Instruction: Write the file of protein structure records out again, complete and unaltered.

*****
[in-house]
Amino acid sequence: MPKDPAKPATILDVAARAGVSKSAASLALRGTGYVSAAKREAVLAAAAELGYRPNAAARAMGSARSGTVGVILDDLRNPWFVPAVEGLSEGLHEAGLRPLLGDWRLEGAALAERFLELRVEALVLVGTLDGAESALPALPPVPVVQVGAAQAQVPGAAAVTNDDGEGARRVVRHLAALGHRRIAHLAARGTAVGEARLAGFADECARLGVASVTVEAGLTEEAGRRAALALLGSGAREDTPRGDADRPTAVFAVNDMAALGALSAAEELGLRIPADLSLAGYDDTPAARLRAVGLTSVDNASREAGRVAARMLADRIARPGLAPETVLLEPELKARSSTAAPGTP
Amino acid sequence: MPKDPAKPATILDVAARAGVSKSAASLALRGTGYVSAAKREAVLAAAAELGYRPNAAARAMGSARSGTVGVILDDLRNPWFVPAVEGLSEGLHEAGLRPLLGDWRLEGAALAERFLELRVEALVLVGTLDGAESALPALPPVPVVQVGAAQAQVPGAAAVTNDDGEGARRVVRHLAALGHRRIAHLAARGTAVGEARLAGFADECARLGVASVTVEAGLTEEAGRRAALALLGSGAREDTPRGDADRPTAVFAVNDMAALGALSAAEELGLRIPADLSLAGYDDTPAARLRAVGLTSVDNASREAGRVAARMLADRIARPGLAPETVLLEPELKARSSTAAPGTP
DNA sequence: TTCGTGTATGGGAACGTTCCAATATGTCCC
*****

[in-house]
Amino acid sequence: MPKDPAKPATILDVAARAGVSKSAASLALRGTGYVSAAKREAVLAAAAELGYRPNAAARAMGSARSGTVGVILDDLRNPWFVPAVEGLSEGLHEAGLRPLLGDWRLEGAALAERFLELRVEALVLVGTLDGAESALPALPPVPVVQVGAAQAQVPGAAAVTNDDGEGARRVVRHLAALGHRRIAHLAARGTAVGEARLAGFADECARLGVASVTVEAGLTEEAGRRAALALLGSGAREDTPRGDADRPTAVFAVNDMAALGALSAAEELGLRIPADLSLAGYDDTPAARLRAVGLTSVDNASREAGRVAARMLADRIARPGLAPETVLLEPELKARSSTAAPGTP
Amino acid sequence: MPKDPAKPATILDVAARAGVSKSAASLALRGTGYVSAAKREAVLAAAAELGYRPNAAARAMGSARSGTVGVILDDLRNPWFVPAVEGLSEGLHEAGLRPLLGDWRLEGAALAERFLELRVEALVLVGTLDGAESALPALPPVPVVQVGAAQAQVPGAAAVTNDDGEGARRVVRHLAALGHRRIAHLAARGTAVGEARLAGFADECARLGVASVTVEAGLTEEAGRRAALALLGSGAREDTPRGDADRPTAVFAVNDMAALGALSAAEELGLRIPADLSLAGYDDTPAARLRAVGLTSVDNASREAGRVAARMLADRIARPGLAPETVLLEPELKARSSTAAPGTP
DNA sequence: TTCGTGTATGGGAACGTTCCAATATGTCCC